Figure 1

The leaping model. GPP, guidelines, protocols and procedures.

Figure 2

Flow chart of the thinking protocol.

Figure 3

Thinking protocol form.

Figure 4

Detailed example of thinking protocol form. Alternative diagnosis: whole chest pain. ECO, echocardiography.

GPPs control the variance in processes and outcomes17 and they reduce the variance and ambiguity18 in decisions made by personnel. Thus, we also created a set of GPPs to encourage a drift from exploration to exploitation. The GPPs comprised a set of instructions (checklist) that encouraged exploitation.

Model implementation

The participants of the study were quality engineering students. Our method tested (1) whether routine work encouraged exploitative; (2) whether the thinking protocol encouraged leaping from exploitation to exploration and (3) whether a checklist (GPP) could induce a transition from exploration to exploitation. This method was implemented with students. The students were divided into four groups (A–D). In each group, the students were assigned to pairs, where one member was the participant and the other was the observer. The participants were asked to ‘think aloud’ to enable the observers to complete the questionnaire. The participants received eight instructions that were given one at a time; and they were carried out with Lego building blocks. The instructions were:

  • Create a reasonable shelter for a Lego doll that, in real dimensions, could be used for humans.

  • Give a name to the shelter.

  • The shelter should have doors.

  • The shelter should have windows.

  • The shelter should have a radio.

  • The shelter should have seats.

  • Modify the shelter in such a way that it can move to the next room.

  • Modify the shelter in such a way that it can float on water.

Group A received the instructions without interruption (control). Group B received the instructions, and on receiving instruction 7, they received the thinking protocol. Group C received the instructions, and on receiving instruction 8, they received the GPP checklist. Group D received the instructions, and on receiving instructions 7 and 8, they received the thinking protocol and the GPP checklist, respectively.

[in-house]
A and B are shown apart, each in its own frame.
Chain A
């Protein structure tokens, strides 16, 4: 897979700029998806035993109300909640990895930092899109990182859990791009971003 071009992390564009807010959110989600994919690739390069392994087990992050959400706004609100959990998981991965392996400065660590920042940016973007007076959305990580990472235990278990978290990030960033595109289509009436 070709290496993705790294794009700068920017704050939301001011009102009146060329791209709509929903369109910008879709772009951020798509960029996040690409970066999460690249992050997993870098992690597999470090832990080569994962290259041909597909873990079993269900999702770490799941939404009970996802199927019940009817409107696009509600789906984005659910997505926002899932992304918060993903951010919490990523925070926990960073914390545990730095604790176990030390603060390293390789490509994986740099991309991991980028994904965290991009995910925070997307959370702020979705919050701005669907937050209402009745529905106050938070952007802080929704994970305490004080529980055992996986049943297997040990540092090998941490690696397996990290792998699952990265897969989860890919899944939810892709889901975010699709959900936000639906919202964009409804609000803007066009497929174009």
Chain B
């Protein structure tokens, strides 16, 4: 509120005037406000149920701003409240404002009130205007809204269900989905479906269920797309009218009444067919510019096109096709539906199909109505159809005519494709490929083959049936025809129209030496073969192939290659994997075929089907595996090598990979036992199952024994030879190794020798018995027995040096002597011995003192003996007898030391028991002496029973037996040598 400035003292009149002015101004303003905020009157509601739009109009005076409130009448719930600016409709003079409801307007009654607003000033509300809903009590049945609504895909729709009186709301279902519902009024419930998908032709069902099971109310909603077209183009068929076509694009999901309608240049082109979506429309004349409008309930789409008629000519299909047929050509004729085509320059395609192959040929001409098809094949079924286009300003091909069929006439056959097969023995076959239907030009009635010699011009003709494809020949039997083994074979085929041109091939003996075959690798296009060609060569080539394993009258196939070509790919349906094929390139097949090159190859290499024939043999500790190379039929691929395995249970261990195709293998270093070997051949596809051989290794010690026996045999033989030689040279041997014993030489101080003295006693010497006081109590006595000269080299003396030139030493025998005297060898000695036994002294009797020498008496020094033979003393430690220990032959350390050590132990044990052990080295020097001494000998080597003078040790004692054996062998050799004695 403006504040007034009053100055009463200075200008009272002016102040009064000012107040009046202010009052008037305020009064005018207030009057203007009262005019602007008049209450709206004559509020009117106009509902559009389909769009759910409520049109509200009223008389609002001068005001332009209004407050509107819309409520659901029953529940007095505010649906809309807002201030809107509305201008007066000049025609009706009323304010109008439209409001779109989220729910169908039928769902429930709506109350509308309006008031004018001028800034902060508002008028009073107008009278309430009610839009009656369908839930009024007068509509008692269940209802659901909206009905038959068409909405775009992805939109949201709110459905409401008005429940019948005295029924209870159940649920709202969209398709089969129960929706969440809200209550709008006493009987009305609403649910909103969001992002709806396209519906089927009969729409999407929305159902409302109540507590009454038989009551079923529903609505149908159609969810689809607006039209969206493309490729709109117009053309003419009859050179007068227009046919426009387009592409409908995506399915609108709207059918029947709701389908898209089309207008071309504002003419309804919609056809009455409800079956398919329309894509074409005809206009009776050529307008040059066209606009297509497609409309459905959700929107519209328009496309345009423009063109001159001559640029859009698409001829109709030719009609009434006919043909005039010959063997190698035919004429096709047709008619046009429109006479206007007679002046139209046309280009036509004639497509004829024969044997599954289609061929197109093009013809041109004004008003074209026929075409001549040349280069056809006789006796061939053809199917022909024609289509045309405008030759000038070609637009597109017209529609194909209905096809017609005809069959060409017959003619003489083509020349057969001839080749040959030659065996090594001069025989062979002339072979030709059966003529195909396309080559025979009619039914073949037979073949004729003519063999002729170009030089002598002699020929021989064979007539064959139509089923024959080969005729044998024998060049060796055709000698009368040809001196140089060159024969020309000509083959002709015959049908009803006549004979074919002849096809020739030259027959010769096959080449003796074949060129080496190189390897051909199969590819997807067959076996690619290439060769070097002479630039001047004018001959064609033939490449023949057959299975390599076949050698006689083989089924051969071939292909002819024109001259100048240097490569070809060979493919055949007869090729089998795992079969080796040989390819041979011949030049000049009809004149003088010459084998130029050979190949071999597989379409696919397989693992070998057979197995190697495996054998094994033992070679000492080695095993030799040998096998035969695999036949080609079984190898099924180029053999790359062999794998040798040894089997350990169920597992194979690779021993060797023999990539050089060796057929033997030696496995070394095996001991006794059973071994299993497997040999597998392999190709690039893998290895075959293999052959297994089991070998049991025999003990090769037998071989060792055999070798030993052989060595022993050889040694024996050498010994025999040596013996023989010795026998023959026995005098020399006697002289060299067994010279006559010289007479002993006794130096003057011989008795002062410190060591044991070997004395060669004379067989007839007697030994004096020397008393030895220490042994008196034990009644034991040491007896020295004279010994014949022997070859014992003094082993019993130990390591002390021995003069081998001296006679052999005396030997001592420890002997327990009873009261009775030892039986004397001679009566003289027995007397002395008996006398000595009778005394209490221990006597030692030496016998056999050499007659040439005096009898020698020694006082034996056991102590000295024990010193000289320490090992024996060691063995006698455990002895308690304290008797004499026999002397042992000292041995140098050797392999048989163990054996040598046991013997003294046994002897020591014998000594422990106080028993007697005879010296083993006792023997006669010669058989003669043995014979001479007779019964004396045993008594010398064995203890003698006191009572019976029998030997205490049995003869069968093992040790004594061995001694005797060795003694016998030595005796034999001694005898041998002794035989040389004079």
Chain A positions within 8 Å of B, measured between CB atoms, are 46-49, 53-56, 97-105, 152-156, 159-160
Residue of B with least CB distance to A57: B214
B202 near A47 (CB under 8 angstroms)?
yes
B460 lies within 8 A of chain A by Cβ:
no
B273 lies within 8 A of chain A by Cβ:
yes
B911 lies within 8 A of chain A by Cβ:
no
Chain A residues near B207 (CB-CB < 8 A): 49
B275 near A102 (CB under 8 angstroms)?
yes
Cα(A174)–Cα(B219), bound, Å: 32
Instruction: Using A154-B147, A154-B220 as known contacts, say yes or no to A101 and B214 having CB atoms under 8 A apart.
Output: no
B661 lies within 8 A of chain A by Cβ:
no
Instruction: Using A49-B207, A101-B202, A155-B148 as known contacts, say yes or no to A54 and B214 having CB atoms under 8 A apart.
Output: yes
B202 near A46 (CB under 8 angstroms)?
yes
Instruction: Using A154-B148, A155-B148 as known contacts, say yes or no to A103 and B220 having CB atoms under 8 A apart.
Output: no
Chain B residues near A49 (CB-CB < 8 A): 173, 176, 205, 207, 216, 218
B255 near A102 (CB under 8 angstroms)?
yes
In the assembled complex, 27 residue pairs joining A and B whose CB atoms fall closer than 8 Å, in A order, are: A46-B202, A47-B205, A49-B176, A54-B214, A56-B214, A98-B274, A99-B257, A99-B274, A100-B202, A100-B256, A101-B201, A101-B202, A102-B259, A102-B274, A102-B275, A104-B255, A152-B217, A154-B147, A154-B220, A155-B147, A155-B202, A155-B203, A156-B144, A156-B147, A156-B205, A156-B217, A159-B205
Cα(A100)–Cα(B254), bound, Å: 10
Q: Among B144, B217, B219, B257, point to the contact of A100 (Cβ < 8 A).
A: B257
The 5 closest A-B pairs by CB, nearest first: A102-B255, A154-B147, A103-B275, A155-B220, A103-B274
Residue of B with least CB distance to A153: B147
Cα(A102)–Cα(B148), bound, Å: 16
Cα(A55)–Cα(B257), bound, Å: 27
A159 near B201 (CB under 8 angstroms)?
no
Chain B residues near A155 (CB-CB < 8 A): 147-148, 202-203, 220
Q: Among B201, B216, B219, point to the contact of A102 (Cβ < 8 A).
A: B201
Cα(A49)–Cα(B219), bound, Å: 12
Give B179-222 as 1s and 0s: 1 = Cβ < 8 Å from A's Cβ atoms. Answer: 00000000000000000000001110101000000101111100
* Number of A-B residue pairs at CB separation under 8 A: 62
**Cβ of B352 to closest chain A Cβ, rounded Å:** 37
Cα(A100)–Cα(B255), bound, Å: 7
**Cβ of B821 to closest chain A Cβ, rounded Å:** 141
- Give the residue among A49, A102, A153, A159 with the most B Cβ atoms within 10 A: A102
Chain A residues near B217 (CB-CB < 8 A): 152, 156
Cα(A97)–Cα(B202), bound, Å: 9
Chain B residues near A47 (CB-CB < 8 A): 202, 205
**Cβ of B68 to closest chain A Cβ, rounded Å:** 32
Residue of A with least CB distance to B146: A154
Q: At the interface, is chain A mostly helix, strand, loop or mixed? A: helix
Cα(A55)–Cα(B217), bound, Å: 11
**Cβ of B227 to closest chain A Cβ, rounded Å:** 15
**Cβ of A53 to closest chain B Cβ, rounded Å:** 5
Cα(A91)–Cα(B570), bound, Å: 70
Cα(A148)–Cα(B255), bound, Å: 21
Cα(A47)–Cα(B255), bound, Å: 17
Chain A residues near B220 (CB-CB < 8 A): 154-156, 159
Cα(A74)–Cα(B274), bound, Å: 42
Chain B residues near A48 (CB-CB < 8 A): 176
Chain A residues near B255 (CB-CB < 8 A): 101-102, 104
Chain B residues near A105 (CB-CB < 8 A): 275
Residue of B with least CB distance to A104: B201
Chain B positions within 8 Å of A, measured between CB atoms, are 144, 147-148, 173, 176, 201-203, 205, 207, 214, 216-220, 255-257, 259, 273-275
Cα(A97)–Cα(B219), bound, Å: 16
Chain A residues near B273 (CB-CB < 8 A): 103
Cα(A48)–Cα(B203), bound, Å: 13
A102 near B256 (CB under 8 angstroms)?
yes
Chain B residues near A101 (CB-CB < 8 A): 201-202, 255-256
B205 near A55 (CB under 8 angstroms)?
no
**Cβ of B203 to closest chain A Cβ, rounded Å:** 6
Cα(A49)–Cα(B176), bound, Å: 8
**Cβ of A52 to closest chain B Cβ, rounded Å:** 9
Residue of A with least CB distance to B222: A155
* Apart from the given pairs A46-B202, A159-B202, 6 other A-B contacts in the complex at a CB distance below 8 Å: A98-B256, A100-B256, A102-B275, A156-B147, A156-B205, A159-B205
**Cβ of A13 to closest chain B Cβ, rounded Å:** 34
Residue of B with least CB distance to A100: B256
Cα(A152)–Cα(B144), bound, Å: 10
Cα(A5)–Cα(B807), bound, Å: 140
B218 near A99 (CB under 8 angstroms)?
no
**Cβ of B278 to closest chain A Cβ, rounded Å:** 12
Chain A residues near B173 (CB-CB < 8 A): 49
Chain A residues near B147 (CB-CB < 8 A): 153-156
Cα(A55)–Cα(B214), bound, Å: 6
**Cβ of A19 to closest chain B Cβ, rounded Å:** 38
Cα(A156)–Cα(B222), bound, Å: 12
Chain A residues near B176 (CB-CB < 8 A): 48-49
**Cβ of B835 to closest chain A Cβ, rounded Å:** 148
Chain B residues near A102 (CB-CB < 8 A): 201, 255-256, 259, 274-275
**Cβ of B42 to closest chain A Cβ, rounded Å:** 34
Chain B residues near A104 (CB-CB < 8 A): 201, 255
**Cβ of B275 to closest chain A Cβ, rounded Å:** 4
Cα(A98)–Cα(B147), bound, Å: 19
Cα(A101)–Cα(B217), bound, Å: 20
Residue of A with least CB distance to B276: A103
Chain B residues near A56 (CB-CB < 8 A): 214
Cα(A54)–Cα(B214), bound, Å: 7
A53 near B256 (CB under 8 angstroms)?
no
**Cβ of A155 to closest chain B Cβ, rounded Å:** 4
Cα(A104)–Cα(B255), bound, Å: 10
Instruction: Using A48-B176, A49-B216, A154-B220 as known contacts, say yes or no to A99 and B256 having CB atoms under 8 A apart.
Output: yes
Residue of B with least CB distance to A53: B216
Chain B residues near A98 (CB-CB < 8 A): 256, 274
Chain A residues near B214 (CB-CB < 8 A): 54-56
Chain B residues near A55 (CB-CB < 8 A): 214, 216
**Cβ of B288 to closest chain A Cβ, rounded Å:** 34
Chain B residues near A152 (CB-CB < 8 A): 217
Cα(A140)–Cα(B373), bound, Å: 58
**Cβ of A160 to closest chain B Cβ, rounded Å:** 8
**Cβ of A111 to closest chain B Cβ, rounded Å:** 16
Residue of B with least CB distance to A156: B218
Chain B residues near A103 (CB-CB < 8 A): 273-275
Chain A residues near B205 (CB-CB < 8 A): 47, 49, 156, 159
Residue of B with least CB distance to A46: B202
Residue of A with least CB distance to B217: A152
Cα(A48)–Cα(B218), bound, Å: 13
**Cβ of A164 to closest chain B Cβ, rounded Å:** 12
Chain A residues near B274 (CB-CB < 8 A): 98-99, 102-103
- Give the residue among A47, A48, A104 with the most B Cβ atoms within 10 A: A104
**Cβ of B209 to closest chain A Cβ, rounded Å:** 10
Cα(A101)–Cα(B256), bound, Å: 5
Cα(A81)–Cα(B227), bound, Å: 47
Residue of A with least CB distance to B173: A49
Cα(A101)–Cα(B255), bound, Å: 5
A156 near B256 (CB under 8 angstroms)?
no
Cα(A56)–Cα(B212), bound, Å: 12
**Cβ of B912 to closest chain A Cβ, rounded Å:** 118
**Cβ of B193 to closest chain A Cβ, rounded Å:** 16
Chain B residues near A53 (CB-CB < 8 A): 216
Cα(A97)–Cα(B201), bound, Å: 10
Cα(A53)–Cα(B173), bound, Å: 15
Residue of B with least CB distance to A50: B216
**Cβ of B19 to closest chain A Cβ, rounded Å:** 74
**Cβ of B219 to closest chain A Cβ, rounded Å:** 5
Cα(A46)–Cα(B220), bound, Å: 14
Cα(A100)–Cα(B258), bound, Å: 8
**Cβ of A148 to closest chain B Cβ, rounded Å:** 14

The thinking protocol is a questionnaire that allows the participant to determine whether a gap occurred between the current design and each of the requirements. When the participant recognised a gap, he was asked to estimate whether the gap occurred due to: (1) a wrong concept, (2) the wrong implementation of a good concept, (3) overdoing a step in the implementation (adding unnecessary elements) of a good concept, or (4) missing a step in the implementation (deleting necessary elements) of a good concept. When the most likely cause for the gap was a wrong concept, the participant was asked to consider alternative concepts. Otherwise, the participant was instructed to check the implementation of the concept.

The GPP checklist comprised a list of five instructions for completing the task, as follows: (1) read the requirement and determine its influence on the design; (2) plan the implementation; (3) obtain the required Lego blocks; (4) implement your plan; (5) check whether the plan fulfils the requirement.

The observer was asked to rate the participant’s response to each instruction, based on a scale from 1 (to a slight extent) to 3 (to a large extent). Exploration instructions were assessed by rating the following responses: ‘a lot of thought and discretion was needed’; ‘new concepts or principles were needed’; ‘new skills that were not needed in the previous tasks were needed here’; ‘significant changes were made’; and ‘searching for new possibilities was carried out’. Exploitation instructions were assessed by rating the following responses: ‘concepts or principles that were used in previous tasks were required here’; ‘compared to previous tasks, minor changes were carried out’; ‘activities were based on experience acquired during previous tasks’; ‘activities were based on knowledge acquired during previous tasks’; and ‘was it clear to you (the participant) how to conduct the activities?'.

The independent variables were the requirements (the eight instructions). The dependent variables (outcomes) were the score for exploration and the score for exploitation.


Data were collected for 25 pairs of students in each of the four groups (groups A to D, 50 students in each group). The study included 200 participants. The results are shown in figure 5.